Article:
Saturday, 21 July 2012
Originally an Anglo-Saxon settlement, Aldrington is mentioned in the Domesday Book as Eldretune but there is no mention of a church. The predecessor of the present building was erected in the 13th century, but a gradual decline of the settlement - hastened by severe storms in 1703 and 1705 - meant that by 1800 there were just two people in the parish and the church was largely ruinous (the roof having collapsed in 1738). 18th century drawings show it as a single celled building with lancets and a tower.
The arrival of the railway in nearby Portslade in 1840 stimulated a slow process of suburban development, and the church was rebuilt in 1876-8 by Richard Herbert Carpenter (1841-93). He largely followed the pattern of the original building, although the roundel above the two east lancets was replaced by a sexfoil.
Further suburban development necessitated another expansion, consisting of a nave and baptistery to the north (1931) with a new chancel (1936), both by Milburn Pett. This effectively relegated the original church to a south aisle, with an arcade of square piers inserted between. A planned north aisle was never built, and the 'temporary' brick facings on the exterior of the north wall contrast with the neat knapped flints elsewhere. The arcade has, in recent times, been partitioned so the nave and south aisle now form two separate spaces.
The church sits in a pretty and overgrown churchyard (the noticeboard explains that this is intended to foster a wildlife reserve). The carefully knapped flint walls betray its relatively modern origins, but the shingled broach spire, lancets and pretty carved porch give it a pretty, rural feel.
The interior is something of a surprise after this introduction, as the nave and chancel are wide and bright and contrast sharply with the original church, although they are still nominally in the Gothic style. Pevsner didn't like Pett's work at all, describing it in the Sussex volume of the 'Buildings of England' as "very horrible". The chancel has an elaborate sedilia and piscina in a Decorated style, with three lancets in the east. On the outside of the east wall of the chancel is a stone commemorating the extension in 1936 - surprisingly to modern sensibilities - laid with full masonic honours.
Furnishings are all modern, with some Clayton and Bell glass in the south aisle (the original church).
St Leonard's, New Church Road, Hove BN3 4ED
Tuesday, 10 July 2012
Mentioned in the Domesday book, the original (and probably wooden) church was rebuilt in stone in the 13th century. An 18th century print shows it as a pleasingly rustic building, with a wooden bell turret and spire, but this little church was only 44ft long and 36ft wide.
In the 16th century, Wimbledon became the home of Sir William Cecil, later Lord Burghley, statesman and chief advisor to Elizabeth I. His son Thomas built a manor house adjacent, and in 1626-36 Thomas's third son, Sir Edward Cecil, built the Cecil Chapel as a mortuary chapel.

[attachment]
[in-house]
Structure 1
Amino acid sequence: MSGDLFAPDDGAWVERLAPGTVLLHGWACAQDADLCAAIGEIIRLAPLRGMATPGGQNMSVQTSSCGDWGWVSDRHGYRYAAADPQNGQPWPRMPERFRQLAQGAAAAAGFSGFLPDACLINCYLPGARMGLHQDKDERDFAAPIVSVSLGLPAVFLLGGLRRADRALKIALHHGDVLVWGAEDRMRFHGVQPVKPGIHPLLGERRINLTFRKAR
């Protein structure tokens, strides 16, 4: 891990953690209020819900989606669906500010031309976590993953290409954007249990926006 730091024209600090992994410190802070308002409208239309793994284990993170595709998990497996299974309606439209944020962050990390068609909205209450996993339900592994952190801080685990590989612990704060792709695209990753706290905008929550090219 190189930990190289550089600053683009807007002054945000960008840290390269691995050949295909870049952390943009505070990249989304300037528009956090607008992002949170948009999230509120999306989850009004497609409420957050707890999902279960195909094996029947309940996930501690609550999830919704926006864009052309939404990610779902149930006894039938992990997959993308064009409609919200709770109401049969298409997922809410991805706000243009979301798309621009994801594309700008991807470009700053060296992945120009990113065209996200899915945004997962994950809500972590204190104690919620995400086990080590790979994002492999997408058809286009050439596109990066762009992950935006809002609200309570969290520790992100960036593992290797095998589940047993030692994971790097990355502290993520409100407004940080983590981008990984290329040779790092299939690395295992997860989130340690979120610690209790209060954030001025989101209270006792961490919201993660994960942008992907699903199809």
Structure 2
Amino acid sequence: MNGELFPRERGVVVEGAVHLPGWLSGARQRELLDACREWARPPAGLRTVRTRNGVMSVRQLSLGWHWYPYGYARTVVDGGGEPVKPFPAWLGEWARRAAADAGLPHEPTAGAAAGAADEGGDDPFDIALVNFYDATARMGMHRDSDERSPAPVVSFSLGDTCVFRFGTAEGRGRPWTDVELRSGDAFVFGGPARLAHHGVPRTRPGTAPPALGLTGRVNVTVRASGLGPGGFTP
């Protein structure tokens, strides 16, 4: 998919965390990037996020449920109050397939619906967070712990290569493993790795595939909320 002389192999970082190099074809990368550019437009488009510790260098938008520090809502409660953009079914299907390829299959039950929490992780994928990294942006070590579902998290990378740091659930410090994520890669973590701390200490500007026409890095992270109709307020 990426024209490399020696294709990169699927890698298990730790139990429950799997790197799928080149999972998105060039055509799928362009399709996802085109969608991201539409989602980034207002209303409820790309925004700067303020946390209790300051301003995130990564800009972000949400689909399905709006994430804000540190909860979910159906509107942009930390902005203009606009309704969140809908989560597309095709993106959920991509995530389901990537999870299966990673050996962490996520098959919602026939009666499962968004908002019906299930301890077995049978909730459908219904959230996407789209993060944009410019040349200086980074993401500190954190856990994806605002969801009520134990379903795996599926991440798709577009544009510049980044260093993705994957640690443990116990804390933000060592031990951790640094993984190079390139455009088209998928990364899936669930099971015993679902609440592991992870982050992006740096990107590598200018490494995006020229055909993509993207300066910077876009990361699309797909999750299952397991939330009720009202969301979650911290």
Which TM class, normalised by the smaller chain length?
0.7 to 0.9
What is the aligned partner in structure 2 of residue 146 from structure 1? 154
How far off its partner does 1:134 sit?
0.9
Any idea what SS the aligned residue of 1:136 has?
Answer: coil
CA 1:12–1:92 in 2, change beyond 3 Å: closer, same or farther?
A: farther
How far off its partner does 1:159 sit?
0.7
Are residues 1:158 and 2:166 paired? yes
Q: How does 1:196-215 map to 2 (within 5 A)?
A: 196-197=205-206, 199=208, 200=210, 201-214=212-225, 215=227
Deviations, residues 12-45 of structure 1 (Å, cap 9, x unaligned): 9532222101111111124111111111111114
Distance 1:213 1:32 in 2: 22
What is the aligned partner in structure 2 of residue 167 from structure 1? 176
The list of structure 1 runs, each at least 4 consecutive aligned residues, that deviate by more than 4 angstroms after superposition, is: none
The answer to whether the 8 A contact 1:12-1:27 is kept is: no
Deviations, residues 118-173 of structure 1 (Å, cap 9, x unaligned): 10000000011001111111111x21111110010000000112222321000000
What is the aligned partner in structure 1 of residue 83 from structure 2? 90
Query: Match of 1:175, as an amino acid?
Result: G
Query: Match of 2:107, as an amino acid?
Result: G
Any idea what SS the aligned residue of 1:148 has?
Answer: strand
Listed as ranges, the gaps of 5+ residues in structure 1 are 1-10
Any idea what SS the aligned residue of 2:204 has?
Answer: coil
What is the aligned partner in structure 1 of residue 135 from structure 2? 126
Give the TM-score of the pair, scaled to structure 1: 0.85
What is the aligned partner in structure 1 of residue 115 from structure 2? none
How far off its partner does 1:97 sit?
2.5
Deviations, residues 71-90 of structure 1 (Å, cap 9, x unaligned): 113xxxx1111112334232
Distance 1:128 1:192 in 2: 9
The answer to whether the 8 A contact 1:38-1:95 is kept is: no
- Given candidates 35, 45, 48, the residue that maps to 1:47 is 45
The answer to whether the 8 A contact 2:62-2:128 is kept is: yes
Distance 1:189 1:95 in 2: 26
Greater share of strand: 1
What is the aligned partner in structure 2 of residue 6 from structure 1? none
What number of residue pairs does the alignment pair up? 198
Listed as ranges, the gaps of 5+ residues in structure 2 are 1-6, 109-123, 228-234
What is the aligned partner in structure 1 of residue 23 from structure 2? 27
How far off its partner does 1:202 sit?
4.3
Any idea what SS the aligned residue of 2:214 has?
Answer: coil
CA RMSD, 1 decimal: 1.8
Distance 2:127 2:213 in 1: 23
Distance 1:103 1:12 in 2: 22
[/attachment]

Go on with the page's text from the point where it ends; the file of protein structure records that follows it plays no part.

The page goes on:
The church was enlarged in 1786, effectively being rebuilt west of the chancel arch, in a plain but handsome Georgian style. With the arrival of the railway in the 19th century, Wimbledon began to expand rapidly as a suburb and further enlargement of the church was required. Sir George Gilbert Scott was commissioned to undertake the work, which was completed in 1843. He extended the nave, erected the tower and spire, inserted new galleries and completed a new roof, all in the neo-Gothic style. He also encased the earlier Georgian brickwork in knapped flint with stone dressings.
Surrounded by trees, the church's picturesque setting evokes the country rather than the city, and the slender spire which surmounts the west tower is a landmark over Wimbledon Common.
Inside, the aisled nave of 5 bays leads to a two bay chancel. Now whitewashed throughout, it is hard to distinguish the various stages of the building. The oldest parts are the south and east walls of the chancel, which date from the 15th century; the Cecil Chapel survives intact beyond the Warrior Chapel, added in 1920 as a memorial to those who died in the First World War.
Most of the fittings date from the 19th and 20th centuries, but the Cecil Chapel has an intact 15th century stained glass window depicting St George as well as Sir Edward's tomb. A number of other memorials are of interest, one of which survives from 1537; another commemorates Sir Richard Wynn MP (d. 1649), treasurer to Henrietta Maria, wife of Charles I. A modern brass in the chancel commemorates Sir William Wilberforce, the slave trade abolitionist. More interesting memorials crowd the surrounding graveyard.
The church has a busy parish life, with children’s and youth groups and services every day except Monday and Saturday.
30 St Mary's Road, London SW19 7BP